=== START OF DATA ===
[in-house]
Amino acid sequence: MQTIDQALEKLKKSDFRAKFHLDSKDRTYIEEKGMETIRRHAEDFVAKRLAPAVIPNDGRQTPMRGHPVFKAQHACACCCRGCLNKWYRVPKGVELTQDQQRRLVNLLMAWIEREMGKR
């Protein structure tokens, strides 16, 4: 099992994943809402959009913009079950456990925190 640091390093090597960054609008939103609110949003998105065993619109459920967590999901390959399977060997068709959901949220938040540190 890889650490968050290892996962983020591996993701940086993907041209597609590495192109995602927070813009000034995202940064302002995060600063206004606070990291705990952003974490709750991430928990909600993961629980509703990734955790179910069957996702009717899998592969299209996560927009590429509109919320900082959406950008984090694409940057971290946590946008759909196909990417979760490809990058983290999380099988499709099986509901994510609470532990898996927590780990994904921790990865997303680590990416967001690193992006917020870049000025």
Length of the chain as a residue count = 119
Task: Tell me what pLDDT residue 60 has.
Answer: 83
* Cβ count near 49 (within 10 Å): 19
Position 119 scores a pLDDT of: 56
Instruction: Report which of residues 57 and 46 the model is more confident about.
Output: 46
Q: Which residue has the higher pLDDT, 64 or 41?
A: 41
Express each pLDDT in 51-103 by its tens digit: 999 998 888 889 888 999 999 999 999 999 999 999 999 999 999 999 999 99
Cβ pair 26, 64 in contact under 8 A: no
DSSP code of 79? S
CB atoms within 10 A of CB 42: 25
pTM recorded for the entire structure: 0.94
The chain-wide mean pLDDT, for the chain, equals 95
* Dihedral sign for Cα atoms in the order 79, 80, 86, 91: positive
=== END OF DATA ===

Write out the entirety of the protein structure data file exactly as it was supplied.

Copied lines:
[in-house]
Amino acid sequence: MQTIDQALEKLKKSDFRAKFHLDSKDRTYIEEKGMETIRRHAEDFVAKRLAPAVIPNDGRQTPMRGHPVFKAQHACACCCRGCLNKWYRVPKGVELTQDQQRRLVNLLMAWIEREMGKR
């Protein structure tokens, strides 16, 4: 099992994943809402959009913009079950456990925190 640091390093090597960054609008939103609110949003998105065993619109459920967590999901390959399977060997068709959901949220938040540190 890889650490968050290892996962983020591996993701940086993907041209597609590495192109995602927070813009000034995202940064302002995060600063206004606070990291705990952003974490709750991430928990909600993961629980509703990734955790179910069957996702009717899998592969299209996560927009590429509109919320900082959406950008984090694409940057971290946590946008759909196909990417979760490809990058983290999380099988499709099986509901994510609470532990898996927590780990994904921790990865997303680590990416967001690193992006917020870049000025």
Length of the chain as a residue count = 119
Task: Tell me what pLDDT residue 60 has.
Answer: 83
* Cβ count near 49 (within 10 Å): 19
Position 119 scores a pLDDT of: 56
Instruction: Report which of residues 57 and 46 the model is more confident about.
Output: 46
Q: Which residue has the higher pLDDT, 64 or 41?
A: 41
Express each pLDDT in 51-103 by its tens digit: 999 998 888 889 888 999 999 999 999 999 999 999 999 999 999 999 999 99
Cβ pair 26, 64 in contact under 8 A: no
DSSP code of 79? S
CB atoms within 10 A of CB 42: 25
pTM recorded for the entire structure: 0.94
The chain-wide mean pLDDT, for the chain, equals 95
* Dihedral sign for Cα atoms in the order 79, 80, 86, 91: positive